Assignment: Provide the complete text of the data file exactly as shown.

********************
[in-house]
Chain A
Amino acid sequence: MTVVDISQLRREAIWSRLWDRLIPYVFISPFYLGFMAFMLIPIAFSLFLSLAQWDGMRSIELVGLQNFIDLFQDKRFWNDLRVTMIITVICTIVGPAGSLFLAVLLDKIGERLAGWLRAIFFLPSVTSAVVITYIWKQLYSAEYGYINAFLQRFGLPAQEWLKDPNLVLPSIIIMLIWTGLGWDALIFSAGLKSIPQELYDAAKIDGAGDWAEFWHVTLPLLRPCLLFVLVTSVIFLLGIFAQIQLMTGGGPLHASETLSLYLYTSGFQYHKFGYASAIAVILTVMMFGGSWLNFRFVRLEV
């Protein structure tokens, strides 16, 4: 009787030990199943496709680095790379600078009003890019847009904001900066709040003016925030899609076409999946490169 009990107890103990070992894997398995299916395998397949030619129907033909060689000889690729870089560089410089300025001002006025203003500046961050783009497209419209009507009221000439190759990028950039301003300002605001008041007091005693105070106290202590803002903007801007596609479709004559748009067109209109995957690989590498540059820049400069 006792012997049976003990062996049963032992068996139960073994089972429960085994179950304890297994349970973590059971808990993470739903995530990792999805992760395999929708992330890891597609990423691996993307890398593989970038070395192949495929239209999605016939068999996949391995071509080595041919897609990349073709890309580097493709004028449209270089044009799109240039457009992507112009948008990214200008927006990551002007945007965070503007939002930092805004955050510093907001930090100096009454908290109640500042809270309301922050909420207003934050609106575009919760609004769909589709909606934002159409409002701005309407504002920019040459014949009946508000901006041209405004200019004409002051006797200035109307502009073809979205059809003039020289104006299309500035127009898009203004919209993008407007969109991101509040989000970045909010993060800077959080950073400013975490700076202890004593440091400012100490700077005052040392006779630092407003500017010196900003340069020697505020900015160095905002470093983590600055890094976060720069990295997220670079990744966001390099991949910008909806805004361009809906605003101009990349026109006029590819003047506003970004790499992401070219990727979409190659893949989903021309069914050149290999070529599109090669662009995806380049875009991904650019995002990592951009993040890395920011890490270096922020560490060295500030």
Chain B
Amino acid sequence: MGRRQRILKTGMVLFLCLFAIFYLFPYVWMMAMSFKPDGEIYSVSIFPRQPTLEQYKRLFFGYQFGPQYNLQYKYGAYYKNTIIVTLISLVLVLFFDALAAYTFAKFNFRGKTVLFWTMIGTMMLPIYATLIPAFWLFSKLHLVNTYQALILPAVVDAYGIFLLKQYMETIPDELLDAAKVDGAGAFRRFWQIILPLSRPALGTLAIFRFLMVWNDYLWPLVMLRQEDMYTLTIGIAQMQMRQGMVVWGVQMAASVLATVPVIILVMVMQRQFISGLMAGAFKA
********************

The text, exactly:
[in-house]
Chain A
Amino acid sequence: MTVVDISQLRREAIWSRLWDRLIPYVFISPFYLGFMAFMLIPIAFSLFLSLAQWDGMRSIELVGLQNFIDLFQDKRFWNDLRVTMIITVICTIVGPAGSLFLAVLLDKIGERLAGWLRAIFFLPSVTSAVVITYIWKQLYSAEYGYINAFLQRFGLPAQEWLKDPNLVLPSIIIMLIWTGLGWDALIFSAGLKSIPQELYDAAKIDGAGDWAEFWHVTLPLLRPCLLFVLVTSVIFLLGIFAQIQLMTGGGPLHASETLSLYLYTSGFQYHKFGYASAIAVILTVMMFGGSWLNFRFVRLEV
């Protein structure tokens, strides 16, 4: 009787030990199943496709680095790379600078009003890019847009904001900066709040003016925030899609076409999946490169 009990107890103990070992894997398995299916395998397949030619129907033909060689000889690729870089560089410089300025001002006025203003500046961050783009497209419209009507009221000439190759990028950039301003300002605001008041007091005693105070106290202590803002903007801007596609479709004559748009067109209109995957690989590498540059820049400069 006792012997049976003990062996049963032992068996139960073994089972429960085994179950304890297994349970973590059971808990993470739903995530990792999805992760395999929708992330890891597609990423691996993307890398593989970038070395192949495929239209999605016939068999996949391995071509080595041919897609990349073709890309580097493709004028449209270089044009799109240039457009992507112009948008990214200008927006990551002007945007965070503007939002930092805004955050510093907001930090100096009454908290109640500042809270309301922050909420207003934050609106575009919760609004769909589709909606934002159409409002701005309407504002920019040459014949009946508000901006041209405004200019004409002051006797200035109307502009073809979205059809003039020289104006299309500035127009898009203004919209993008407007969109991101509040989000970045909010993060800077959080950073400013975490700076202890004593440091400012100490700077005052040392006779630092407003500017010196900003340069020697505020900015160095905002470093983590600055890094976060720069990295997220670079990744966001390099991949910008909806805004361009809906605003101009990349026109006029590819003047506003970004790499992401070219990727979409190659893949989903021309069914050149290999070529599109090669662009995806380049875009991904650019995002990592951009993040890395920011890490270096922020560490060295500030």
Chain B
Amino acid sequence: MGRRQRILKTGMVLFLCLFAIFYLFPYVWMMAMSFKPDGEIYSVSIFPRQPTLEQYKRLFFGYQFGPQYNLQYKYGAYYKNTIIVTLISLVLVLFFDALAAYTFAKFNFRGKTVLFWTMIGTMMLPIYATLIPAFWLFSKLHLVNTYQALILPAVVDAYGIFLLKQYMETIPDELLDAAKVDGAGAFRRFWQIILPLSRPALGTLAIFRFLMVWNDYLWPLVMLRQEDMYTLTIGIAQMQMRQGMVVWGVQMAASVLATVPVIILVMVMQRQFISGLMAGAFKA